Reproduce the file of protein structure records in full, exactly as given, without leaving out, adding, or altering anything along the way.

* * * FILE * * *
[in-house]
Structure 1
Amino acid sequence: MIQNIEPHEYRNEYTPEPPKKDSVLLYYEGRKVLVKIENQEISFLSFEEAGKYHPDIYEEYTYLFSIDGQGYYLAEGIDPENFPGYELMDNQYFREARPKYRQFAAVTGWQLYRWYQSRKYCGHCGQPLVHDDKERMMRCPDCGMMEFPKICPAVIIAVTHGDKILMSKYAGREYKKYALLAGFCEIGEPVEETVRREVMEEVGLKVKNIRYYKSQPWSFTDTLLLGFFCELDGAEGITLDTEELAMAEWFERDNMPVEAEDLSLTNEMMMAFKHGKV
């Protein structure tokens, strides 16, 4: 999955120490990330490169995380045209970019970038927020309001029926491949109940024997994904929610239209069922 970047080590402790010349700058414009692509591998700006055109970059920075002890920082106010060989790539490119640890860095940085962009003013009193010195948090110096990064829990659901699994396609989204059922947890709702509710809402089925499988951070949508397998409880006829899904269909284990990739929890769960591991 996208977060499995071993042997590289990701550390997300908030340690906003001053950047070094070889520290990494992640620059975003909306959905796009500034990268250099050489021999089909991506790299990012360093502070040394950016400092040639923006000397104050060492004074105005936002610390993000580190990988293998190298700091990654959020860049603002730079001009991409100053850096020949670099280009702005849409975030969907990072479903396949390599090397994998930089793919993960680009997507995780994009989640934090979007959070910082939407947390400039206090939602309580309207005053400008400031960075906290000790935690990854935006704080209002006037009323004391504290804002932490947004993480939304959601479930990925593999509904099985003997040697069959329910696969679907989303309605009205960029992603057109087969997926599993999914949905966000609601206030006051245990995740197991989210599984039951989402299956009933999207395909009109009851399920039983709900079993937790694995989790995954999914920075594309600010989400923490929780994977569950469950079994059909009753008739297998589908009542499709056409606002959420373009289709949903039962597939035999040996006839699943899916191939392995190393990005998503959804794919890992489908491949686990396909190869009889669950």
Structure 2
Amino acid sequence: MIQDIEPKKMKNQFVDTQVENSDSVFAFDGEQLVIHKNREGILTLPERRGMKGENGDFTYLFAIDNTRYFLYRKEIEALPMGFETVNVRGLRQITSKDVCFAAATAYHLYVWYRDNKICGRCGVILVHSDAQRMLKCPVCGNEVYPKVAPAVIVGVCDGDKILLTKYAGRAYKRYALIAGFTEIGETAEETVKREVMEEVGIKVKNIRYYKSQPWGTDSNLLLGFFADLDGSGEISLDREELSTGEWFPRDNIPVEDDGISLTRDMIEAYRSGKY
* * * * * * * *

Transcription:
[in-house]
Structure 1
Amino acid sequence: MIQNIEPHEYRNEYTPEPPKKDSVLLYYEGRKVLVKIENQEISFLSFEEAGKYHPDIYEEYTYLFSIDGQGYYLAEGIDPENFPGYELMDNQYFREARPKYRQFAAVTGWQLYRWYQSRKYCGHCGQPLVHDDKERMMRCPDCGMMEFPKICPAVIIAVTHGDKILMSKYAGREYKKYALLAGFCEIGEPVEETVRREVMEEVGLKVKNIRYYKSQPWSFTDTLLLGFFCELDGAEGITLDTEELAMAEWFERDNMPVEAEDLSLTNEMMMAFKHGKV
């Protein structure tokens, strides 16, 4: 999955120490990330490169995380045209970019970038927020309001029926491949109940024997994904929610239209069922 970047080590402790010349700058414009692509591998700006055109970059920075002890920082106010060989790539490119640890860095940085962009003013009193010195948090110096990064829990659901699994396609989204059922947890709702509710809402089925499988951070949508397998409880006829899904269909284990990739929890769960591991 996208977060499995071993042997590289990701550390997300908030340690906003001053950047070094070889520290990494992640620059975003909306959905796009500034990268250099050489021999089909991506790299990012360093502070040394950016400092040639923006000397104050060492004074105005936002610390993000580190990988293998190298700091990654959020860049603002730079001009991409100053850096020949670099280009702005849409975030969907990072479903396949390599090397994998930089793919993960680009997507995780994009989640934090979007959070910082939407947390400039206090939602309580309207005053400008400031960075906290000790935690990854935006704080209002006037009323004391504290804002932490947004993480939304959601479930990925593999509904099985003997040697069959329910696969679907989303309605009205960029992603057109087969997926599993999914949905966000609601206030006051245990995740197991989210599984039951989402299956009933999207395909009109009851399920039983709900079993937790694995989790995954999914920075594309600010989400923490929780994977569950469950079994059909009753008739297998589908009542499709056409606002959420373009289709949903039962597939035999040996006839699943899916191939392995190393990005998503959804794919890992489908491949686990396909190869009889669950």
Structure 2
Amino acid sequence: MIQDIEPKKMKNQFVDTQVENSDSVFAFDGEQLVIHKNREGILTLPERRGMKGENGDFTYLFAIDNTRYFLYRKEIEALPMGFETVNVRGLRQITSKDVCFAAATAYHLYVWYRDNKICGRCGVILVHSDAQRMLKCPVCGNEVYPKVAPAVIVGVCDGDKILLTKYAGRAYKRYALIAGFTEIGETAEETVKREVMEEVGIKVKNIRYYKSQPWGTDSNLLLGFFADLDGSGEISLDREELSTGEWFPRDNIPVEDDGISLTRDMIEAYRSGKY